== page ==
Surprise interest-rate cuts by central banks have become so commonplace over the last few weeks that they no longer shock.
The Bank of Canada slashed its benchmark interest rate by a half point on March 27, dropping the benchmark to 0.25 per cent, the lowest the central bank thinks it can go without disrupting the proper functioning of financial markets.
At the start of the month, the policy rate was 1.75 per cent. Never has Canada’s central bank reduced borrowing costs so quickly, an acknowledgement of the severity of the coronavirus crisis.
Nor has the Bank of Canada ever sought to compress interest rates by using its ability to create money to buy financial assets, a strategy known as quantitative easing, or QE. That precedent too is about to change.
A firefighter has never been criticized for using too much water
Along with the interest-rate cut, the central bank said it will begin buying at least $5 billion worth of government bonds per week until the economy turns around. The idea is to flood fear out of credit markets by pumping them full of cash. Other central banks have used QE to great effect, but Canada never has felt the need to go there.
But this time is different. The Bank of Canada’s trading desk has been watching markets for government bonds, mortgage-backed securities, and short-term business loans become increasingly rigid as lenders attach severe risk premiums to the interest rates they charge in normal times. With so many companies and households facing bankruptcy, lenders can’t be certain they will get their money back.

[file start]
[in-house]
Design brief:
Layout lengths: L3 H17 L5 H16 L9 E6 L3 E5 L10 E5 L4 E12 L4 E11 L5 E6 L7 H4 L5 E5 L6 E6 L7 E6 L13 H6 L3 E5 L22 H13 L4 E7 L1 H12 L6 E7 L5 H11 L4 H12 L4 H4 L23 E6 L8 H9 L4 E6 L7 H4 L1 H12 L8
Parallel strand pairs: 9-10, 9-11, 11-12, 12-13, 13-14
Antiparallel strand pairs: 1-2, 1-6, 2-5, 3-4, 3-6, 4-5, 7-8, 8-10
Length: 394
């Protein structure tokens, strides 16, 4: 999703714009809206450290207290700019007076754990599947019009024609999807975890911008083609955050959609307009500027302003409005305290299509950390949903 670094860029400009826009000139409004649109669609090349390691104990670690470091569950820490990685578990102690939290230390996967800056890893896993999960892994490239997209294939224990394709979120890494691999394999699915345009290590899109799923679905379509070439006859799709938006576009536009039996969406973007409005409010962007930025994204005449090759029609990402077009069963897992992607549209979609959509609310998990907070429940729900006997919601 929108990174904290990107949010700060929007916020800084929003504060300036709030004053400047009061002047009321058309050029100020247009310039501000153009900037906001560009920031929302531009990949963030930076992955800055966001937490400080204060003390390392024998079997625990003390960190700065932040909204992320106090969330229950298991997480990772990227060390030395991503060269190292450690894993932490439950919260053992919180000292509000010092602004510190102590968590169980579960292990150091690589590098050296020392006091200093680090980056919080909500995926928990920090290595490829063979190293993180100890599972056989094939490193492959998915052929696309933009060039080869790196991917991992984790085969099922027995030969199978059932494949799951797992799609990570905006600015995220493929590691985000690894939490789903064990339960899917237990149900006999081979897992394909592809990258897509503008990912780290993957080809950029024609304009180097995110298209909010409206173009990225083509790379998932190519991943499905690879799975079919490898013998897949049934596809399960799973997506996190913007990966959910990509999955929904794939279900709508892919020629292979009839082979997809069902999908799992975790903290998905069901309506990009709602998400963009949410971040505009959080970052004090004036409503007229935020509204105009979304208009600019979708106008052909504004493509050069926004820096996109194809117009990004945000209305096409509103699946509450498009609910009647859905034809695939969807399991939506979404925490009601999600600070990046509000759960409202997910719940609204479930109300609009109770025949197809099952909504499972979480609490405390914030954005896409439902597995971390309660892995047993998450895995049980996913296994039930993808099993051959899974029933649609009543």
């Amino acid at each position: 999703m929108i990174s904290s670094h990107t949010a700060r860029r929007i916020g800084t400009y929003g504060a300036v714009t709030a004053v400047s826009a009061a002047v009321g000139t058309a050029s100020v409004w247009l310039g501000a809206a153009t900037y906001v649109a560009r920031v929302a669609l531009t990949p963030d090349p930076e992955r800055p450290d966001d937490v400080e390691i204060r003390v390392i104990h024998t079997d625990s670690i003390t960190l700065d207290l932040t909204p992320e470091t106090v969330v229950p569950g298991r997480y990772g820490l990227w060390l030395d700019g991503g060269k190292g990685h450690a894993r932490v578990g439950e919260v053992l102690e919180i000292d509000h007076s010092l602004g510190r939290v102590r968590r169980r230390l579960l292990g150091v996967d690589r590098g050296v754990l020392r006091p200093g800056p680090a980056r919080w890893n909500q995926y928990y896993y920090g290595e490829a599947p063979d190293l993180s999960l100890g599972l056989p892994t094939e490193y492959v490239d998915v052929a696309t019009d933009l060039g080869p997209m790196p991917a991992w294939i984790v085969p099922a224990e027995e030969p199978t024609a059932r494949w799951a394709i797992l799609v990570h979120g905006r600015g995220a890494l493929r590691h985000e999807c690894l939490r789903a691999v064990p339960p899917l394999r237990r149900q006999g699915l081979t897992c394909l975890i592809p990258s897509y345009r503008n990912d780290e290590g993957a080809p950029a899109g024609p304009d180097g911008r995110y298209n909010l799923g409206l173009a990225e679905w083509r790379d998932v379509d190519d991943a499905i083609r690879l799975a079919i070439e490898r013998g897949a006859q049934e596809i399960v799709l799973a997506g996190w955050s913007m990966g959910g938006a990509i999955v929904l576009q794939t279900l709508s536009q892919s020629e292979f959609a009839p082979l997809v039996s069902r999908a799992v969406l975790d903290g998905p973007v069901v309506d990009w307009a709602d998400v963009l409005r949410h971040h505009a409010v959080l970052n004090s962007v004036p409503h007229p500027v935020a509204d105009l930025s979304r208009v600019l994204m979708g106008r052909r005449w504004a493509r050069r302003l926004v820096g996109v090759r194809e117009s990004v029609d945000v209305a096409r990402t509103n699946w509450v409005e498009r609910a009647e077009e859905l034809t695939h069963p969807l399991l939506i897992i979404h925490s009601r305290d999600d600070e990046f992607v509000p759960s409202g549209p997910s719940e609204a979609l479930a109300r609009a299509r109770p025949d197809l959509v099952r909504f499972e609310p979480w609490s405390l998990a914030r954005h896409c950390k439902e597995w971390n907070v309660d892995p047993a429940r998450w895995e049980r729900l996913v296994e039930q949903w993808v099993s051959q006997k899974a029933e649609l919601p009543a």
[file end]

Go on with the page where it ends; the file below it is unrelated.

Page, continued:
The knowledge that the central bank will be in the market every week buying large amounts of these securities should cause those risk premiums to shrink. The Bank of Canada also set up a separate program to buy commercial paper. The pivot to QE suggests Canada is facing a rougher storm than occurred during the Great Recession, when the Bank of Canada dropped the benchmark interest rate to 0.25 per cent, but stopped there.
“We’re doing a tremendous amount,” Stephen Poloz, the governor, told reporters on a conference call. “A firefighter has never been criticized for using too much water.”
Forecasters have been releasing progressively dire outlooks on a daily basis.
Earlier this week, the International Monetary Fund said the world is facing an economic contraction “at least” as severe as the one that followed the financial crisis in 2008. In Canada, the Office of the Parliamentary Budget Officer said on March 27 that gross domestic product could collapse by 25 per cent in the second quarter, and contract about five per cent in 2020 from the previous year, which would be the biggest decline since 1962.
Poloz avoided arithmetical predictions about the future. He said the Bank of Canada will release its quarterly economic report on April 15. That release normally would have come with a policy update, but it should be clear to everyone by now that policy makers feel unconstrained by the calendar. Poloz said he was focused on laying the foundation for a quick return to normalcy.
Still, Poloz indicated that the benchmark rate is now as low as it’s going to go unless conditions change from terrible to catastrophic. He acknowledged that negative rates are a “theoretical” possibility, but reiterated that he thinks any gains would be outweighed by the difficulties that would cause banks and others in the financial system.
“We’ve seen a number of experiences with negative interest rates and our conclusion from that is that the negative effects on the financial system are pretty significant and at this stage our main focus is on the functioning of the financial system,” Poloz said. “At this stage, it would be non-sensible to think of interest rates going lower than this. We consider this to be the effective lower bound.”
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